The failure can be seen in several branches of philosophy. The field where it is most noticeable, however, is moral philosophy, and within that, the teaching of ethics. Findings, drawn from Australia but not significantly different from Britain, illustrate the dilemma facing the sciences. At my university, Sydney, every faculty teaches ethics. A count across the major Australian universities will identify close to thirty disciplines including engineering, medicine and business studies that teach ethics to their students. Who teaches these ethics courses? The disciplines themselves. How do they teach them? By each lecturer individually working out his or her own moral code and then teaching it. Philosophy has failed dismally to train teachers, as it has failed to develop researchers in moral practices across the other academic disciplines. The educational literature from each of these professions demonstrates the great variety of ethics courses that has resulted from this DIY approach. The diversity is truly amazing, ranging from courses that have no moral educational content at all, to courses that are a little more than an adaptation of a history of ethics course from a department of philosophy. The blame lies with philosophers. There are virtually no training programs in the schools of philosophy for people who want to teach ethics in other disciplines. More worrying, there are very few training courses for people who have to resolve ethical issues and establish ethical practices in the workforce. As the mother discipline, this need can only be satisfied by a school of philosophy.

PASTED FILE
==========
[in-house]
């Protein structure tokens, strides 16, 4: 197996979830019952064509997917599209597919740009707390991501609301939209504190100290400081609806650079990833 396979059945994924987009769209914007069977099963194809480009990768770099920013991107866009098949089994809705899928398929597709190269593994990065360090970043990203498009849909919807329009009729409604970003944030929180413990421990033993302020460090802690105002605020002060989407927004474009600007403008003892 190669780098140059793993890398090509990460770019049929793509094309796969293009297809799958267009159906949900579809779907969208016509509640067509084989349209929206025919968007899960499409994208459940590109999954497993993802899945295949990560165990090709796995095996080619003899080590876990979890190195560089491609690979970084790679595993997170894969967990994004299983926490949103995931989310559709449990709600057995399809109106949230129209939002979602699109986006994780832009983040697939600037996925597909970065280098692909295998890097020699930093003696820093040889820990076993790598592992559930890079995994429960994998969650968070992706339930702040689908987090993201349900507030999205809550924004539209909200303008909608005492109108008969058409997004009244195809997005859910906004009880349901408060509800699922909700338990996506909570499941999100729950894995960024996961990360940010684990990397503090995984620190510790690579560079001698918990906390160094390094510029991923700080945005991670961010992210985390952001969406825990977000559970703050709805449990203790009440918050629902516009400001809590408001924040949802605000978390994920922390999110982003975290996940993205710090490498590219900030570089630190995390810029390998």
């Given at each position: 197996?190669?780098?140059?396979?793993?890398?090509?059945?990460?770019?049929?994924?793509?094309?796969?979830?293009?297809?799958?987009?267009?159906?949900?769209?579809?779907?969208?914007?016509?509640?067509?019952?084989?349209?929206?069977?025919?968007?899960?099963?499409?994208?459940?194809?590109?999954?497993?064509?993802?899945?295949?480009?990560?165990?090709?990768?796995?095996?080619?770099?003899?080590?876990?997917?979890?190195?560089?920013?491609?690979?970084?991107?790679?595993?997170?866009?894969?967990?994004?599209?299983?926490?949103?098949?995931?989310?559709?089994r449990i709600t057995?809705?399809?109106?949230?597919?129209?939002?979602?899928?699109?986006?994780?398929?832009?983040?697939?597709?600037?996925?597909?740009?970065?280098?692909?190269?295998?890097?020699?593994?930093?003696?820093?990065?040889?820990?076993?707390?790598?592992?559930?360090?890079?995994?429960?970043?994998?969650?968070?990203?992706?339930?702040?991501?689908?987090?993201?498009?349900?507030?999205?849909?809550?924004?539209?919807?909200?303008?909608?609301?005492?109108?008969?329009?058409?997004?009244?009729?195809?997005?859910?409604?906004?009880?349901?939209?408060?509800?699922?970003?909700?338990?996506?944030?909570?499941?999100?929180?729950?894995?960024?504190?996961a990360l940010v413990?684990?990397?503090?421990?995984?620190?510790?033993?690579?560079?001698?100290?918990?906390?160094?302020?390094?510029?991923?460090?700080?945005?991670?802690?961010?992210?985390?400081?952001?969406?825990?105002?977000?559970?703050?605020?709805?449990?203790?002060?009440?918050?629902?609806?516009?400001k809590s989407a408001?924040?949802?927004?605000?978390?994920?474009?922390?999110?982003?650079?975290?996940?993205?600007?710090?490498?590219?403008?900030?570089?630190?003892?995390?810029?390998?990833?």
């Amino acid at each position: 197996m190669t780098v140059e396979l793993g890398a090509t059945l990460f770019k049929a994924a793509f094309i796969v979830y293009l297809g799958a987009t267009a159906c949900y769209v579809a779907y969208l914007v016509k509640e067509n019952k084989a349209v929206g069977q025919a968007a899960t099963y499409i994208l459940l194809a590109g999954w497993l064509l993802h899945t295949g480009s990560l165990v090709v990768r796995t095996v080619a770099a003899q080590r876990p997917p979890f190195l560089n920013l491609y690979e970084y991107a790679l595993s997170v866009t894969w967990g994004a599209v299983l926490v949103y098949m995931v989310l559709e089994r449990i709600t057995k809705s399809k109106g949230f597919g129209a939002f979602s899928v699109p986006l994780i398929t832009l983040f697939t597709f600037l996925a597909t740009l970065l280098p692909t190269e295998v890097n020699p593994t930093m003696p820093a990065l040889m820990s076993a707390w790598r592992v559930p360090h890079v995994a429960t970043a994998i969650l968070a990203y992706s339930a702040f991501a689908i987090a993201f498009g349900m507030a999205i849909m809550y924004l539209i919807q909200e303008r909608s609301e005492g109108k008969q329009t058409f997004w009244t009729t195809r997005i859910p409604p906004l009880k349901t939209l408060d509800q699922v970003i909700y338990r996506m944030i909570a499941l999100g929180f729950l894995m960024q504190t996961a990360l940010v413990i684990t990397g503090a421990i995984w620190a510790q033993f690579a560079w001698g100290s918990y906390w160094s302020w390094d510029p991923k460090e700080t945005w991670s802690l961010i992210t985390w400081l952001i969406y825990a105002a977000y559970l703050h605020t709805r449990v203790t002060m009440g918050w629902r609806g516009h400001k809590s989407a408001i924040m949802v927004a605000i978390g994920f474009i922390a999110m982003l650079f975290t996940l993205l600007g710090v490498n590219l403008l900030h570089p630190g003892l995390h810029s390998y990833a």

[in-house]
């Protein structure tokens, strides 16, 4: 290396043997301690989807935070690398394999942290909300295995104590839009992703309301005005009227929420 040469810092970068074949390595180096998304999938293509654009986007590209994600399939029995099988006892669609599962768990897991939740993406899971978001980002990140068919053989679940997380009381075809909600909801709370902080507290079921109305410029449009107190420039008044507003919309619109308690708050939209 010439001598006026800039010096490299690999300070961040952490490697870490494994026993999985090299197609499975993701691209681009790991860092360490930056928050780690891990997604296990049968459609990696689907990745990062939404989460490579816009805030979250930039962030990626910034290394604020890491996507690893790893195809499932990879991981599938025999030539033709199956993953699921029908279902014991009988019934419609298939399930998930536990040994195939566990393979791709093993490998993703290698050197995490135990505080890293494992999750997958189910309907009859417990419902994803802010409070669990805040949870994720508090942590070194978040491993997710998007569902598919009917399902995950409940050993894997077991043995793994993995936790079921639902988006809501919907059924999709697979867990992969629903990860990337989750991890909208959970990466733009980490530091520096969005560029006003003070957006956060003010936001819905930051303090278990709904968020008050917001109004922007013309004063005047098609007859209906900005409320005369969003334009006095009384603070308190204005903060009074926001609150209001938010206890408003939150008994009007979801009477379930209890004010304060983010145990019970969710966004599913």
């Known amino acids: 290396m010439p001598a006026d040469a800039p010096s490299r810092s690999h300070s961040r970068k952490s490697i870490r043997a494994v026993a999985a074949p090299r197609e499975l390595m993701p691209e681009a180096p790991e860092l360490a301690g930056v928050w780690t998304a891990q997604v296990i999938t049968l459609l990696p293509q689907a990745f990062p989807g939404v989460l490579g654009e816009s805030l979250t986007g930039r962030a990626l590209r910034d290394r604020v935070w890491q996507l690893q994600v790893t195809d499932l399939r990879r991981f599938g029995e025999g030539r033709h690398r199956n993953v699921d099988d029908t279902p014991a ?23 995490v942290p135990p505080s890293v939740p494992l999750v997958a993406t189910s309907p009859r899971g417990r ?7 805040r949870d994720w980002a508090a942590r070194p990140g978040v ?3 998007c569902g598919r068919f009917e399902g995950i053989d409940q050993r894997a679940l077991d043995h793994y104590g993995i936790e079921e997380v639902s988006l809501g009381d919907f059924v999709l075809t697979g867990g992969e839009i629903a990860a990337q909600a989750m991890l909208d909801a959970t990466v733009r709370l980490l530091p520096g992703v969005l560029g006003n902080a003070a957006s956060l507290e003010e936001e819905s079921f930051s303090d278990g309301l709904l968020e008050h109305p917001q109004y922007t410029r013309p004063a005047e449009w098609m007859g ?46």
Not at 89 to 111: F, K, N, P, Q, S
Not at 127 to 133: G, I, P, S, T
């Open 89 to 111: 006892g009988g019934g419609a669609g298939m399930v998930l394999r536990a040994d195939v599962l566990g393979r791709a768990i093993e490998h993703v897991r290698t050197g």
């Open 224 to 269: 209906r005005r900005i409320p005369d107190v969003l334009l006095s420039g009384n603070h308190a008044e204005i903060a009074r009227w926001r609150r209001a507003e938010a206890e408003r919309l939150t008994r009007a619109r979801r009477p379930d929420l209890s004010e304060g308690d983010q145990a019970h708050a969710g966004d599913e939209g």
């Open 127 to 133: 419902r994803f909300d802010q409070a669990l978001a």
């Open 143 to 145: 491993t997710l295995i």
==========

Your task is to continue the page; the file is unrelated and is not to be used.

This training need is a wide one. Regulations on ethical practices throughout the organisations and institutional structures of the country have grown exponentially. Codes of ethics, ethics committees, and internal whistleblowing systems are on the increase, requiring an ever-growing number of people with at least some training in theory and practice to develop and manage them.